14 March 2018 / 9:44 am

What does workplace culture really mean?

Sally Wynn-Williams, a director of HR company Brannigans, looks at the different facets that contribute to a good culture at work.

The phrase “workplace culture” is often bandied about, but what does it really mean?

An organisation’s culture is its character and personality; it’s the sum total of all of its parts – values, traditions, behaviours, attitudes. Most importantly its what happens when a leader steps out of the office. How does the team continue to interact with each other and your customers the leader’s back is turned?

Workplace Culture is important because it either strengthens or undermines your business objectives and what you are trying to achieve. Your culture matters because it:

  • Drives engagement and motivates employees to give discretionary effort
  • Attracts the best talent into your brand. You want to hire the best people in the market, it helps to be able to clearly communicate your culture and how you choose to interact with each other.
    • Bonus fact: Keep in mind, when you can clearly communicate your culture, you can also help candidates select NOT to work for you when your culture doesn’t resonate with them!
  • Affects your financial performance – organisations with strong cultures outperform their competitors
  • Impacts employee satisfaction and happiness which in turn increases innovation and productivity
  • Retains the best talent in highly competitive markets
  • Creates a great place to work for all of your employees


Successful companies keep their culture front of mind and work on it frequently and consistently. To understand more about your current workplace culture, you can observe how your team is interacting in the office, at meetings, and in discussions. Workplace culture can be discussed during regular one on one meetings and yearly engagement surveys. The bottom line is, do not underestimate the significance of defining and maintaining your workplace culture as an important objective in your business strategy.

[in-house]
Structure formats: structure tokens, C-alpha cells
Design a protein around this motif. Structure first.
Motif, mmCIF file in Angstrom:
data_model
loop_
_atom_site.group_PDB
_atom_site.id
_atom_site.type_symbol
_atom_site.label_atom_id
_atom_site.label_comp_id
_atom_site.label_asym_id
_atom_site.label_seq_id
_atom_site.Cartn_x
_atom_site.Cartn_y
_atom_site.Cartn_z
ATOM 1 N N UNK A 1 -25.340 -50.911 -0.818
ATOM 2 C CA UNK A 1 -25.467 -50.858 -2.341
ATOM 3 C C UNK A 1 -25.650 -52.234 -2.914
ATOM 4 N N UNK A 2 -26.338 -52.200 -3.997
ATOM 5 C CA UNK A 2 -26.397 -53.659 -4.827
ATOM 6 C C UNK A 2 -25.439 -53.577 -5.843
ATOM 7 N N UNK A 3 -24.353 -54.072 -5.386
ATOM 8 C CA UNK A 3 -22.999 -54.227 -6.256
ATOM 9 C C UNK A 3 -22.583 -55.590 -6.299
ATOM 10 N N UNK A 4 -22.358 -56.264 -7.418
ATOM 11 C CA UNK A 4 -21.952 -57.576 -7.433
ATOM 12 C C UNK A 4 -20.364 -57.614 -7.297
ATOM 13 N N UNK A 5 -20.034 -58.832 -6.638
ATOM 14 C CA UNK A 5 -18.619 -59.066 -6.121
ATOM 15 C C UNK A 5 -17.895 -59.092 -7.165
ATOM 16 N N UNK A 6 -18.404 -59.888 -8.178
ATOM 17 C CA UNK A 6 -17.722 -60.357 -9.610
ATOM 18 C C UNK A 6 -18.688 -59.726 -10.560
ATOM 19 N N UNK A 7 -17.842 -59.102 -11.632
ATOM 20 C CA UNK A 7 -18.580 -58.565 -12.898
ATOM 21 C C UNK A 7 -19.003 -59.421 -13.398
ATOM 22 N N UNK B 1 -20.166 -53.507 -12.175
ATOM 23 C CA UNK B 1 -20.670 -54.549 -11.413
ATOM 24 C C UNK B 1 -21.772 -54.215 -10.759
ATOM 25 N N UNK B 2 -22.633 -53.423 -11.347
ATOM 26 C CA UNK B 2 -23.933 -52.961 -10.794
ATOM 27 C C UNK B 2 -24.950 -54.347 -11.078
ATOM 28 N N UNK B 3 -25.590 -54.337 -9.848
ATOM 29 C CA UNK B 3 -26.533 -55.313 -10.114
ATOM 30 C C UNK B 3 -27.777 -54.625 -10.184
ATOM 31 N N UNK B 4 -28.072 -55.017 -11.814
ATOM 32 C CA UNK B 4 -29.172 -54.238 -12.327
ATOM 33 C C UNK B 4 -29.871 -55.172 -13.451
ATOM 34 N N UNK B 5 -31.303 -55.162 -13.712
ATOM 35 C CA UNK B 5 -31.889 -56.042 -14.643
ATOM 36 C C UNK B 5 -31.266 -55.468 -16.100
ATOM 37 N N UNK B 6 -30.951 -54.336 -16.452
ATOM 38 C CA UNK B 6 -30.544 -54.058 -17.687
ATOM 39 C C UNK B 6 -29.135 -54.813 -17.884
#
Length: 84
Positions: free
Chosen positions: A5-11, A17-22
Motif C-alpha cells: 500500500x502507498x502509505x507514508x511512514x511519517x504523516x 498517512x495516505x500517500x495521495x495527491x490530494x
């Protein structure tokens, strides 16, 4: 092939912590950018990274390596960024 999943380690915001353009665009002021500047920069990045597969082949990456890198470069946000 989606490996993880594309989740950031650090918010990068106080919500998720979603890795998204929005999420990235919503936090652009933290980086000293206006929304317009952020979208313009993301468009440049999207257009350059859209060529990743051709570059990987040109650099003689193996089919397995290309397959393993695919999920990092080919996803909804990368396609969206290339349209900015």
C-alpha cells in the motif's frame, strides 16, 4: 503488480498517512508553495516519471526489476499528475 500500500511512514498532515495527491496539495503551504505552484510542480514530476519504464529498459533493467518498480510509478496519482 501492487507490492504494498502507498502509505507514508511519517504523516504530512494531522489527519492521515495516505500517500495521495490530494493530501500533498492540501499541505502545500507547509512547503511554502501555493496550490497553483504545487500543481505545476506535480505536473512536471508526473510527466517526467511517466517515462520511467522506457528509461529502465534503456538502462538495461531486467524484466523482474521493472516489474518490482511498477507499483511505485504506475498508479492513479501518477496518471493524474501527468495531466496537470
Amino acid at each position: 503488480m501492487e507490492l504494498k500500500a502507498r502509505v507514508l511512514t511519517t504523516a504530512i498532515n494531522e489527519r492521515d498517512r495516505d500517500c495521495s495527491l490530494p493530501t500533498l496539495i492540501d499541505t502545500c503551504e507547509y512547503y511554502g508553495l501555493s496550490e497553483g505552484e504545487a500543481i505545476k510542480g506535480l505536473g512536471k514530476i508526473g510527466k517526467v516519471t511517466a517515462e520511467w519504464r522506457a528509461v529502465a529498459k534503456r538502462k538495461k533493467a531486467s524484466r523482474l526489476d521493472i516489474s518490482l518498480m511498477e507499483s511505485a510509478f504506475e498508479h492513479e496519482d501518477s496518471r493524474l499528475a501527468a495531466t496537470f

Here’s a good example of how one company breathes workplace culture.

Following a four year journey to better its workplace culture, a manufacturing company has improved employee engagement to the point where there is good participation in initiatives, productivity and demonstrable “happy staff.”  Visitors regularly comment on the positive feel within the workplace. Culture is a key part of the brand and the company attracts high quality talent into managerial positions.  All job descriptions align with and support the company culture and competencies are also geared to support the behaviours that support the culture.  Having a robust thriving culture gives staff the framework and foundation to talk about “above the line” (acceptable) behaviour and “below the line” (unacceptable) behaviour.

In my view, organisations can quite reasonably expect all employees, at all levels, to demonstrate and build on the culture.  At Brannigans, for example, we discuss acceptable ‘Brannigans behaviours’ as part of our new employee training that helps us keep our culture relevant. We also review our culture documents annually at a team strategy meeting and with internal focus groups.  We look at building a sustaining and enduring culture as a journey that requires every employee to be mindful to protect and build the culture at all times.  Culture is fragile and can be easily damaged so it’s important to think about “what you do all the time, every day” that will keep your culture positive.  It really is the little things that matter.